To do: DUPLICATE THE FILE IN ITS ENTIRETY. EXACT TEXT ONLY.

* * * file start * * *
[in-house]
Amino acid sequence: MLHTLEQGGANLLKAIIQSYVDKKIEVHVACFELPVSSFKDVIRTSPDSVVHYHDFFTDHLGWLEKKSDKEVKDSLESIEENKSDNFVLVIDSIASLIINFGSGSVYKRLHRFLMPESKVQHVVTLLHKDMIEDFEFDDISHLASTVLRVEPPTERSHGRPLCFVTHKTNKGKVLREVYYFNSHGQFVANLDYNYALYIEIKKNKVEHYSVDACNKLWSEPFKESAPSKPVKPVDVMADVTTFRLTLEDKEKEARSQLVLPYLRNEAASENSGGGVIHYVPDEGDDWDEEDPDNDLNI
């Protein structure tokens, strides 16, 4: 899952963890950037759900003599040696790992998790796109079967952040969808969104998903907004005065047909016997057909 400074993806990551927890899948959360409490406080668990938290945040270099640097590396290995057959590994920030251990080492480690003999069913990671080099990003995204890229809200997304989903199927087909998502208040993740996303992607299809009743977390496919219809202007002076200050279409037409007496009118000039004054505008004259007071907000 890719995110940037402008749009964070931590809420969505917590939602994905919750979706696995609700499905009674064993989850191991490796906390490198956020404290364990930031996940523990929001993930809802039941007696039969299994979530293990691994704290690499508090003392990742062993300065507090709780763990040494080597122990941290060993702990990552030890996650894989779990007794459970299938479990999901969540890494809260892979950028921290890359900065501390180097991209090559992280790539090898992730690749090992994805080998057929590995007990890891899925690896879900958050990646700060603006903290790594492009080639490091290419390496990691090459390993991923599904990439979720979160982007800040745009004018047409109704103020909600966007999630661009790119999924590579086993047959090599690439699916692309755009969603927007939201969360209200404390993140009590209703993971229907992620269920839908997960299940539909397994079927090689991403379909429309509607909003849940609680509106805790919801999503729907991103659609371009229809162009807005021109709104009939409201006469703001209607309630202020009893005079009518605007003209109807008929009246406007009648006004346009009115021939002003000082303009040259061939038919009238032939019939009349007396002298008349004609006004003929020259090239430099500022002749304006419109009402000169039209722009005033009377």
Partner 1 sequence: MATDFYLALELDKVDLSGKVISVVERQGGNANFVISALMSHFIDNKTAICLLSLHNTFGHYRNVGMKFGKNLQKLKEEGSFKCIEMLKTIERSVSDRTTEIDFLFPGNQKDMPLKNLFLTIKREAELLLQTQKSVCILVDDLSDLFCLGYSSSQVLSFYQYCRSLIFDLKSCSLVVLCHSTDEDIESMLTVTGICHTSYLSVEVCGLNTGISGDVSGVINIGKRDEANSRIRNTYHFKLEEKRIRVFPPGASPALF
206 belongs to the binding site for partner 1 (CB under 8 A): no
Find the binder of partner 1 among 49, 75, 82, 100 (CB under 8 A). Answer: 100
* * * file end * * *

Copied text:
[in-house]
Amino acid sequence: MLHTLEQGGANLLKAIIQSYVDKKIEVHVACFELPVSSFKDVIRTSPDSVVHYHDFFTDHLGWLEKKSDKEVKDSLESIEENKSDNFVLVIDSIASLIINFGSGSVYKRLHRFLMPESKVQHVVTLLHKDMIEDFEFDDISHLASTVLRVEPPTERSHGRPLCFVTHKTNKGKVLREVYYFNSHGQFVANLDYNYALYIEIKKNKVEHYSVDACNKLWSEPFKESAPSKPVKPVDVMADVTTFRLTLEDKEKEARSQLVLPYLRNEAASENSGGGVIHYVPDEGDDWDEEDPDNDLNI
């Protein structure tokens, strides 16, 4: 899952963890950037759900003599040696790992998790796109079967952040969808969104998903907004005065047909016997057909 400074993806990551927890899948959360409490406080668990938290945040270099640097590396290995057959590994920030251990080492480690003999069913990671080099990003995204890229809200997304989903199927087909998502208040993740996303992607299809009743977390496919219809202007002076200050279409037409007496009118000039004054505008004259007071907000 890719995110940037402008749009964070931590809420969505917590939602994905919750979706696995609700499905009674064993989850191991490796906390490198956020404290364990930031996940523990929001993930809802039941007696039969299994979530293990691994704290690499508090003392990742062993300065507090709780763990040494080597122990941290060993702990990552030890996650894989779990007794459970299938479990999901969540890494809260892979950028921290890359900065501390180097991209090559992280790539090898992730690749090992994805080998057929590995007990890891899925690896879900958050990646700060603006903290790594492009080639490091290419390496990691090459390993991923599904990439979720979160982007800040745009004018047409109704103020909600966007999630661009790119999924590579086993047959090599690439699916692309755009969603927007939201969360209200404390993140009590209703993971229907992620269920839908997960299940539909397994079927090689991403379909429309509607909003849940609680509106805790919801999503729907991103659609371009229809162009807005021109709104009939409201006469703001209607309630202020009893005079009518605007003209109807008929009246406007009648006004346009009115021939002003000082303009040259061939038919009238032939019939009349007396002298008349004609006004003929020259090239430099500022002749304006419109009402000169039209722009005033009377």
Partner 1 sequence: MATDFYLALELDKVDLSGKVISVVERQGGNANFVISALMSHFIDNKTAICLLSLHNTFGHYRNVGMKFGKNLQKLKEEGSFKCIEMLKTIERSVSDRTTEIDFLFPGNQKDMPLKNLFLTIKREAELLLQTQKSVCILVDDLSDLFCLGYSSSQVLSFYQYCRSLIFDLKSCSLVVLCHSTDEDIESMLTVTGICHTSYLSVEVCGLNTGISGDVSGVINIGKRDEANSRIRNTYHFKLEEKRIRVFPPGASPALF
206 belongs to the binding site for partner 1 (CB under 8 A): no
Find the binder of partner 1 among 49, 75, 82, 100 (CB under 8 A). Answer: 100